Mongolia ranks low in the Travel and Tourism Competitiveness Index. Challenges include low service standards, inadequate infrastructure, and a short tourism season due to harsh winters. Most protected areas are underfunded and located in remote regions of high poverty. Tourism, if unmanaged, may also result in ecological and cultural impacts and provide few local benefits. To address these issues, the government has initiated the National Program on Tourism Development, 2016 2030, which aims to establish Mongolia as a global destination for nomadic culture. The program outlines a phased approach for tourism development that focuses initially on protected areas in northern, central, and eastern Mongolia. It prioritizes investments in visitor facilities, transport and sanitation infrastructure, and community-based products and services. Five sites are listed to pilot and catalyze ecotourism development, two of which are designated the highest priority: Khuvsgul Lake National Park (KLNP) in Khuvsgul Aimag and Onon-Balj National Park (OBNP) in Khentii Aimag.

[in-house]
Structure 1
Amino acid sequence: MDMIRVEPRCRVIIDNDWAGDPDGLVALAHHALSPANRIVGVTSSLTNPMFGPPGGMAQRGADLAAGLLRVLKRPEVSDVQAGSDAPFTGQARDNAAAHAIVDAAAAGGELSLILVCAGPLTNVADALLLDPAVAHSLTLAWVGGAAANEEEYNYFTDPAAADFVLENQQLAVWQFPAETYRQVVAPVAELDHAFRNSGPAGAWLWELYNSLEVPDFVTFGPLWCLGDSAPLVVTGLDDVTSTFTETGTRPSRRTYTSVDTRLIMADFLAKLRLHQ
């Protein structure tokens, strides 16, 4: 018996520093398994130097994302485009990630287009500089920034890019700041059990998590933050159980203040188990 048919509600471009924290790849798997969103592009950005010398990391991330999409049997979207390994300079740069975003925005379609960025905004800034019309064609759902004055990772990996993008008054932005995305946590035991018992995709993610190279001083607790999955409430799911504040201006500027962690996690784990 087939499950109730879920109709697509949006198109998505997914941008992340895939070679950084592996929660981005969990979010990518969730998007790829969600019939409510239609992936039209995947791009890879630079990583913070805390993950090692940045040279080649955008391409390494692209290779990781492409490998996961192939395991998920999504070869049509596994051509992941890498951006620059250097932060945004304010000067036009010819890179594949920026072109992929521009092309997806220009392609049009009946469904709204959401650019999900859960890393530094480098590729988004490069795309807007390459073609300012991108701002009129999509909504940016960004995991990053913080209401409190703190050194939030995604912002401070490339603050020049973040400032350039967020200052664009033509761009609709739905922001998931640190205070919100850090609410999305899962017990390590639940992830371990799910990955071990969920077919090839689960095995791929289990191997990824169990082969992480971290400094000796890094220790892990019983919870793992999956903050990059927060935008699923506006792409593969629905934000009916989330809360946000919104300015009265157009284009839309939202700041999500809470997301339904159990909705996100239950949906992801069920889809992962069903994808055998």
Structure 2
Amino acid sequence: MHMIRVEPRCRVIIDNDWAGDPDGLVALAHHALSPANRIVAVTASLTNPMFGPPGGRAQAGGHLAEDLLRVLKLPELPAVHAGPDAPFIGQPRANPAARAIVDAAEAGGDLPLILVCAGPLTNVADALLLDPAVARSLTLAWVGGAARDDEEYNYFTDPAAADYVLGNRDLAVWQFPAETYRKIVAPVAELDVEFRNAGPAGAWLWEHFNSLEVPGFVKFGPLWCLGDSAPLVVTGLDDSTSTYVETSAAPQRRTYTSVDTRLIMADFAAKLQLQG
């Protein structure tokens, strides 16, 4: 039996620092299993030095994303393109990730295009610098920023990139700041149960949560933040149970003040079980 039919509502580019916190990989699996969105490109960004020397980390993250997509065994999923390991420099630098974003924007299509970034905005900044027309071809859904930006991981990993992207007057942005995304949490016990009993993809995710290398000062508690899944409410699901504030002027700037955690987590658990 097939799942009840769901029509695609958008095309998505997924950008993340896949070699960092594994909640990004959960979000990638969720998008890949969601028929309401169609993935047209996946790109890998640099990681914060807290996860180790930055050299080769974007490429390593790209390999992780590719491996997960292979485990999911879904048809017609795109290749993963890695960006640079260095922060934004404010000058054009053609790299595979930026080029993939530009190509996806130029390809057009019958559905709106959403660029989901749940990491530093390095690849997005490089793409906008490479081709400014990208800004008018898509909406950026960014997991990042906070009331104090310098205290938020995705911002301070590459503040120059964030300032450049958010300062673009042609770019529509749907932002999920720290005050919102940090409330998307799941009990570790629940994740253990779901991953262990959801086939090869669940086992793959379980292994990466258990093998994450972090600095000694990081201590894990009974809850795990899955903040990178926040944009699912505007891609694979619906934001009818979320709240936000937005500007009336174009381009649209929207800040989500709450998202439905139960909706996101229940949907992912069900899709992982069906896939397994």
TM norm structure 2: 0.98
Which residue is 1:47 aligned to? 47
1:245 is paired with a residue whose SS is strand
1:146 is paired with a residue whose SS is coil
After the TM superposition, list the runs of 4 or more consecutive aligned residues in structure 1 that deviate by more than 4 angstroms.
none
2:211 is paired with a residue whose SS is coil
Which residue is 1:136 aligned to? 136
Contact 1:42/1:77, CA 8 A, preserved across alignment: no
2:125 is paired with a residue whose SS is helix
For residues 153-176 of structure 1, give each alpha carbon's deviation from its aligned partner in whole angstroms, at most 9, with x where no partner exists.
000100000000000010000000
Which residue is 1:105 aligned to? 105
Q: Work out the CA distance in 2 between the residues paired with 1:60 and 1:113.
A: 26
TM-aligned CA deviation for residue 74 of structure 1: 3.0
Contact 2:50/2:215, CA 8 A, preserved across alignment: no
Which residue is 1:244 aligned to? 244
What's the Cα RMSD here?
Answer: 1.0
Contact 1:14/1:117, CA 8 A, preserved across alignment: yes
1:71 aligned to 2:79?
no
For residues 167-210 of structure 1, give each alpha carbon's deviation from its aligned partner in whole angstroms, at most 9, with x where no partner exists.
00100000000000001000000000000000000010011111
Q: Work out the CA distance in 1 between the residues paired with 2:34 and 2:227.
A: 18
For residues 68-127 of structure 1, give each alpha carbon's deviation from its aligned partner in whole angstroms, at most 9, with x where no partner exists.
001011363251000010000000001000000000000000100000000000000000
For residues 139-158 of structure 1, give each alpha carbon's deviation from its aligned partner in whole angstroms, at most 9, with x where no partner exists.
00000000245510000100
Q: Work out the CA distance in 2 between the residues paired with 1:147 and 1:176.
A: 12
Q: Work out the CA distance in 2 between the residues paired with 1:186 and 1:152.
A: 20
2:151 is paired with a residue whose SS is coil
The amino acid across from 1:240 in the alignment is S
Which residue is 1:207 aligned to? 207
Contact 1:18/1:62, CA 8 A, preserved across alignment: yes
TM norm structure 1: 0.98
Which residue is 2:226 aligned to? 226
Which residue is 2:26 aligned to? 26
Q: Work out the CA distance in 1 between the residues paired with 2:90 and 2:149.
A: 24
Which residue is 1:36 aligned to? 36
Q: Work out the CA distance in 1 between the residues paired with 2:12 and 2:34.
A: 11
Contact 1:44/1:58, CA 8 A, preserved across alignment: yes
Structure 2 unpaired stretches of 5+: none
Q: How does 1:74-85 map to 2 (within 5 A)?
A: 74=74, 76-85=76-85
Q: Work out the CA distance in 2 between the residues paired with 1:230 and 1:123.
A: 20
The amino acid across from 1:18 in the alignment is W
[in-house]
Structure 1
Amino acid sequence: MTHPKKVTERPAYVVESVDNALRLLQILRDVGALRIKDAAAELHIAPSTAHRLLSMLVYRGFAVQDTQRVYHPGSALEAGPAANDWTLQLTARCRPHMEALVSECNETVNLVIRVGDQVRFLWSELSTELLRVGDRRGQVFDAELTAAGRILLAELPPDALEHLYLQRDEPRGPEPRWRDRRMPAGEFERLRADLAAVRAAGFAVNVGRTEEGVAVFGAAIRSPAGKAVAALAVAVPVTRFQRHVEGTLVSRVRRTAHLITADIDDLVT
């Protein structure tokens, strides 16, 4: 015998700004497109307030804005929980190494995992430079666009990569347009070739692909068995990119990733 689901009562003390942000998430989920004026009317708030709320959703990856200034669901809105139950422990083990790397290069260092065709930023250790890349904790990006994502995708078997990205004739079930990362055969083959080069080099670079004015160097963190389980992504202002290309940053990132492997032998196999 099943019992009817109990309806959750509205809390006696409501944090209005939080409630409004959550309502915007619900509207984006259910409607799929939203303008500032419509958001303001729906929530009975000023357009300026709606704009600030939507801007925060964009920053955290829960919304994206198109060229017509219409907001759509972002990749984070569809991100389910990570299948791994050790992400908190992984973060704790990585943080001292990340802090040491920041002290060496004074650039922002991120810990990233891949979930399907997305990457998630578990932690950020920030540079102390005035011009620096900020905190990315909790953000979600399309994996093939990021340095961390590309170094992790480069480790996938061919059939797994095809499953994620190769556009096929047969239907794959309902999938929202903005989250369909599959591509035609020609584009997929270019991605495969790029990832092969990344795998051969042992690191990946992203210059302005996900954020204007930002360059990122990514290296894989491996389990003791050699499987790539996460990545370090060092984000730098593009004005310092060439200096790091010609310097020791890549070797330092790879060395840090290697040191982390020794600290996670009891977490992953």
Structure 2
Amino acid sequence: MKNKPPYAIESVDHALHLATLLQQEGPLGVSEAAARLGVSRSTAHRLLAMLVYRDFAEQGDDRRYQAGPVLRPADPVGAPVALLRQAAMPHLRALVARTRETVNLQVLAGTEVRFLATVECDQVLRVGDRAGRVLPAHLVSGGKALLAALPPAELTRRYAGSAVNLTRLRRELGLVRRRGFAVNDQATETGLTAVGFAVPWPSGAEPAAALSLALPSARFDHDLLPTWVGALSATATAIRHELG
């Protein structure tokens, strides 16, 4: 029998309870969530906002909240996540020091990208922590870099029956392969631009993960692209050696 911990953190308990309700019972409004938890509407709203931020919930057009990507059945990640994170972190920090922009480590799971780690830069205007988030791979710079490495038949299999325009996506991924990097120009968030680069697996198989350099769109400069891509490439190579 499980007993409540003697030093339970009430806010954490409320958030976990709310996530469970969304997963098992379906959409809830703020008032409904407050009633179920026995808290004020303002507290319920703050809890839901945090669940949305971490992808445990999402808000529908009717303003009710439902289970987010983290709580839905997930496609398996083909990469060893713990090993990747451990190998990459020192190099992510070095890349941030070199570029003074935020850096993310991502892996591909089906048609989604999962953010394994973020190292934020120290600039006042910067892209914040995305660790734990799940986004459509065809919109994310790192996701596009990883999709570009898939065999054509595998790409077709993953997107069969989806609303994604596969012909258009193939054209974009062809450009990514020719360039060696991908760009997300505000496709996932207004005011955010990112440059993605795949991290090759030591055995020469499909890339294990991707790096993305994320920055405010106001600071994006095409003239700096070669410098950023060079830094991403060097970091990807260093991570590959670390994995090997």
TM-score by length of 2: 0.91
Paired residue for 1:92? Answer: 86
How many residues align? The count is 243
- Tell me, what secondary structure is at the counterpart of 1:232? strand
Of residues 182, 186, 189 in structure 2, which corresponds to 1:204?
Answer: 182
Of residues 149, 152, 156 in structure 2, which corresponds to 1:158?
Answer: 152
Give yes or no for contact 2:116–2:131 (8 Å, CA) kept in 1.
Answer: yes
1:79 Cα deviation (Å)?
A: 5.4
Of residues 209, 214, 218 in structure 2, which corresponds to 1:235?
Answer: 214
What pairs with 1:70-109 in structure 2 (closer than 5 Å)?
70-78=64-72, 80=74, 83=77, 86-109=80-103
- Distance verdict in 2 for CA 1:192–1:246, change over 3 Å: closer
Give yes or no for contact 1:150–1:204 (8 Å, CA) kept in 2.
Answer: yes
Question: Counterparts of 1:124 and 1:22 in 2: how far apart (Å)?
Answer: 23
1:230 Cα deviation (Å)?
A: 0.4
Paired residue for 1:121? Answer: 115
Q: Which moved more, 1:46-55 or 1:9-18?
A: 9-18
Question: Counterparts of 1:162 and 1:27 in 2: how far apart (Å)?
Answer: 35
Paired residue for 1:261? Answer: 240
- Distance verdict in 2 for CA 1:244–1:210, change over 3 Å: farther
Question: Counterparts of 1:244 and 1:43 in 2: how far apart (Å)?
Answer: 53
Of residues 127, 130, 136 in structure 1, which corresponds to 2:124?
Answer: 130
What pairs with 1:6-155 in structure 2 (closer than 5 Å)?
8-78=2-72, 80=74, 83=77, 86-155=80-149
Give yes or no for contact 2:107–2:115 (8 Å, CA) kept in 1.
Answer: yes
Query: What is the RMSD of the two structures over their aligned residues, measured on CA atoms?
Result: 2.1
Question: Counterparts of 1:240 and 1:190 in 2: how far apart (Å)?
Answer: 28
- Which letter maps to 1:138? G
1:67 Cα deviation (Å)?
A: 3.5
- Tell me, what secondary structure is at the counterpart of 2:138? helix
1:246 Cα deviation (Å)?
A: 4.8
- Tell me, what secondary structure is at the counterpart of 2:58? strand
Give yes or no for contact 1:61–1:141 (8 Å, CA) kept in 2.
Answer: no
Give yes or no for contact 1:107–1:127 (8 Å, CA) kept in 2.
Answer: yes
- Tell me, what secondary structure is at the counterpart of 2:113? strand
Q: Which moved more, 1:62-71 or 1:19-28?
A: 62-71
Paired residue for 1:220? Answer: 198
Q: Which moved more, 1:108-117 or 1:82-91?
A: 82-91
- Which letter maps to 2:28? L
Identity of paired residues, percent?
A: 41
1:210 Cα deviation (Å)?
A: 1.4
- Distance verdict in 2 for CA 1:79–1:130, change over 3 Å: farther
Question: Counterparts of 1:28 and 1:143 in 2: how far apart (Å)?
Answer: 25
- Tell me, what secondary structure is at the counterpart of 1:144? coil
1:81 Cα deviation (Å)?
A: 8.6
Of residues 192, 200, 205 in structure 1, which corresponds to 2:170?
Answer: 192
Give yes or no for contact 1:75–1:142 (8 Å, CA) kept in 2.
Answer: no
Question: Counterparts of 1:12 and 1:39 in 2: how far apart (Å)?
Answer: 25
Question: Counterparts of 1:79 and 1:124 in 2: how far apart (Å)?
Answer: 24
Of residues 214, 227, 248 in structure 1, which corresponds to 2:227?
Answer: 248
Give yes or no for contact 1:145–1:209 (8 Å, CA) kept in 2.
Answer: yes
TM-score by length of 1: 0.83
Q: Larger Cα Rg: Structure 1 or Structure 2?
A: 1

The KLNP (1.18 million hectares) and OBNP (0.42 million hectares) are the largest national parks in northern and eastern Mongolia. Khuvsgul Lake in the KLNP is Mongolia's largest freshwater resource. The OBNP is the documented birthplace of Chinggis Khaan, a historical leader revered in Mongolia. Both parks support global biodiversity values, small populations with high poverty rates, and transboundary river basins with the Russian Federation. Despite these similarities, the parks are at very different stages of tourism development. In 2017, the KLNP received about 89,000 visitors and the OBNP received about 20,400 visitors. Improved road and air access to the KLNP was established in 2010. Since then, visitor numbers have increased rapidly, and the park has become a major national tourism destination. Growth has been unplanned and has resulted in severe seasonal congestion, damage to natural resources, and few community benefits. In contrast, the OBNP has limited road and no air access, but a road to the park will be constructed in 2021 as part of government efforts in regional tourism. Without planning, this may result in rapid increases in visitor numbers and similar impacts as at the KLNP. The KLNP and OBNP reflect many of the challenges faced in developing sustainable tourism in Mongolia's protected areas, which require a focus on four key areas, as follows.